And just like that, our time in Zion had come down to one last final morning. We got of the shuttle bus at The Grotto and took a short walk to a grand view of Angel’s Landing. We viewed Angel’s Landing from the river, though many hike up the many switchbacks and built-in chains to the very summit, which offers a great view as well. After an hour or so of shooting we went back to our vehicle and spent the rest of the morning shooting along the east side of Zion National Park. We marveled at the amazing geology and even spotted some bighorn sheep around the Checkerboard Mesa area. Park rangers were stopped as well, and informed us that they were attempting to dart one of the sheep in the harem so they could get a GPS collar on one. As the light got harsh, we said a sad goodbye to the majestic Zion National Park and drove two hours north to our next destination, Bryce Canyon National Park.
Our travel day was go-go-go and without much downtime, we ventured out to Inspiration Point and Bryce Point for the evening lightshow. Bryce National Park is an east facing park and is almost always best at sunrise, but the soft evening light offers a different perspective on many of the iconic hoodoos of Bryce National Park. Bryce is also one of those parks that offers opportunities to photography at a super wide focal length all the way to super tele length (we’re talking 14mm-600mm). There is literally a shot to be had everywhere. As soon as the sun set, a brisk wind set in and foreshadowed what we might be in for the next morning. We awoke the next morning and headed out to the vehicle, greeted with temperatures in the low teens and a chilling wind. But, we had our eyes set on Thor’s Hammer. We made our way to Sunset Point to shoot sunrise, ironic, but Sunset Point offers one of the best sunrise vistas in the park. Some of us hiked down the Navajo Loop trail to gain a better angle on Thor’s Hammer, while the rest of us meandered along the rim, photographing the canyon as the light changed. It was a cold morning and as the sun rose, the winds got stronger. We decided to retreat for the morning and spend a few hours learning about Lightroom and Photoshop techniques before lunch.
Where does the time go, after an amazing time in Zion and Bryce, we were now down to our final sunset and sunrise. Our final sunset was enjoyed at Sunrise Point, I know it’s confusing, but bear with me. Sunrise Point is another point that offers the opportunity to photograph great light at both sunrise and sunset. We fought the cold weather again and got our shots at last light before returning to the warm retreat of Ruby’s Inn. Our focus shifted to our last sunrise, which would be at Inspiration Point, one of my favorite vantage points in the park for sunrise. Forecasts called for single digit temps and high winds, but we were determined to get some final shots of Bryce. Alarms woke us early and we trotted out to the point. Looking into the general area of the sunrise, we prepared our settings to capture a sun star and waited patiently for the light. Barely able to feel our fingers, the sun finally did rise and lit up the canyon. It was a beautiful moment and the perfect ending to our week long workshop in the canyons of Utah. Even though I’ve been to the area countless times, the scenes of southern Utah keep calling me back. I’m already looking forward to the Utah trips scheduled for next year.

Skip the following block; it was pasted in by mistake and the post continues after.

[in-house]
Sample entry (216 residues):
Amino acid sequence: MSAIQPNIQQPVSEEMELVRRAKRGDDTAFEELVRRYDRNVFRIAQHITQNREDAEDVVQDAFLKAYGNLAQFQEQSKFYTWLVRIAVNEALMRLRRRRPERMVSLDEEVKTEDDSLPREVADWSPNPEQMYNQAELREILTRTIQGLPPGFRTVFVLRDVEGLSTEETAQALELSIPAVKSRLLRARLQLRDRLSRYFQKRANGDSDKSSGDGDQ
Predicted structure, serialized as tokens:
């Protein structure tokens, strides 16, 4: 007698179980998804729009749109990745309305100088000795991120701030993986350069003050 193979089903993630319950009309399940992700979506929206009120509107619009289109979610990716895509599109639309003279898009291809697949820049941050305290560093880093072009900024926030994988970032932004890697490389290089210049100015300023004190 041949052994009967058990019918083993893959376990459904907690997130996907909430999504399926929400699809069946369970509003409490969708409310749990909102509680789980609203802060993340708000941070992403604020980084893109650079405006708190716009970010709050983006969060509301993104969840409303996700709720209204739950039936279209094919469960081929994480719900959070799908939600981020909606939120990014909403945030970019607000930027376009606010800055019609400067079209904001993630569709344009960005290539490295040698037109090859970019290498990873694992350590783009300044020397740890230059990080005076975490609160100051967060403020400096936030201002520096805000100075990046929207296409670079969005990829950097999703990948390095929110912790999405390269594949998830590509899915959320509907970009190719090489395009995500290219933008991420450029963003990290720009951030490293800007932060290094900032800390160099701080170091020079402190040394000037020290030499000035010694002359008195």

Matt Meisenheimer is a photographer based in Wisconsin. His artistry revolves around finding unique compositions and exploring locations that few have seen. He strives to capture those brief moments of dramatic light and weather, which make our grand landscapes so special. Matt loves the process of photography – from planning trips and scouting locations, taking the shot in-field, to post-processing the final image.
Matt is an active adventurer and wildlife enthusiast as well. He graduated with a degree in wildlife ecology and worked in Denali National Park and Mount Rainier National Park as a biologist. He also spent 6 months working in the deserts of Namibia before finding his path in photography. Matt’s passion for the wilderness has taken him to many beautiful places around the world.
As a former university teaching assistant, Matt is passionate about instruction. It is his goal to give his students the technical and creative knowledge they need to achieve their own photographic vision. He truly enjoys working with photographers on a personal level and helping them reach their goals.
You can see Matt’s work and portfolio on his webpage at www.meisphotography.com